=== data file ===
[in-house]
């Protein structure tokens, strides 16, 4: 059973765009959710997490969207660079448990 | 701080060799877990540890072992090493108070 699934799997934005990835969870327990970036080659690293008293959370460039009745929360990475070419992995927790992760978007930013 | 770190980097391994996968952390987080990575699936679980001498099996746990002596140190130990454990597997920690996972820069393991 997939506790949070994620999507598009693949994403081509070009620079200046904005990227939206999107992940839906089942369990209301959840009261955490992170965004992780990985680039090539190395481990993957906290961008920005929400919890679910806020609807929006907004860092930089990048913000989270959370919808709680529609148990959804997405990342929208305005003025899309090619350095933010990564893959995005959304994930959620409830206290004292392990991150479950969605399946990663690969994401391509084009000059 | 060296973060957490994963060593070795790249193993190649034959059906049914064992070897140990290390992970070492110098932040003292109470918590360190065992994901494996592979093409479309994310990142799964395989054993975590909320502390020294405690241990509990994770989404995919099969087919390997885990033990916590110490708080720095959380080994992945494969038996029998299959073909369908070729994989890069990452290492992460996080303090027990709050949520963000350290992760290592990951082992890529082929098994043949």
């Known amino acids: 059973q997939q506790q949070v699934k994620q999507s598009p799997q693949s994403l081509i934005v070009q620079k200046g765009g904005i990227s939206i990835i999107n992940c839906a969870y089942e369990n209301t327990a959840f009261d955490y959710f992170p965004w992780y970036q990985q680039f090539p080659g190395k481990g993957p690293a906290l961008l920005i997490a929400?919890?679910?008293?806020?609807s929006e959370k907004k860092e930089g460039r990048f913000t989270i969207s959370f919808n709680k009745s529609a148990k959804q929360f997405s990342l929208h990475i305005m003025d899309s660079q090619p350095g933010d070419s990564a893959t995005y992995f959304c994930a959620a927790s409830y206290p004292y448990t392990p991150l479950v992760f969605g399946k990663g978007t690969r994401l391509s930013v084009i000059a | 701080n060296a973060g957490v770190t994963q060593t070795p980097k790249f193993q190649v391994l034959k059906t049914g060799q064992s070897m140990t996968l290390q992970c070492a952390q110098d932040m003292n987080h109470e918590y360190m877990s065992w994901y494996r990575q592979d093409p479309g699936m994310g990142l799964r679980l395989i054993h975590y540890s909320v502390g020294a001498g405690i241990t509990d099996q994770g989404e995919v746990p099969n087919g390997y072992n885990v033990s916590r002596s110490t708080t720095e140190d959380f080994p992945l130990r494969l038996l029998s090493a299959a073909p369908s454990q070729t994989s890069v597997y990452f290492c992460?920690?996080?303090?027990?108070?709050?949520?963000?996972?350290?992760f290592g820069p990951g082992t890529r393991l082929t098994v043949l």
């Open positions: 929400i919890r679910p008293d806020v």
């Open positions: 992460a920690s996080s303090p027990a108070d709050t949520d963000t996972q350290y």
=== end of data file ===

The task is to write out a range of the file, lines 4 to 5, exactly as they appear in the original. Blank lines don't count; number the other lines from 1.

């Open positions: 929400i919890r679910p008293d806020v």
């Open positions: 992460a920690s996080s303090p027990a108070d709050t949520d963000t996972q350290y």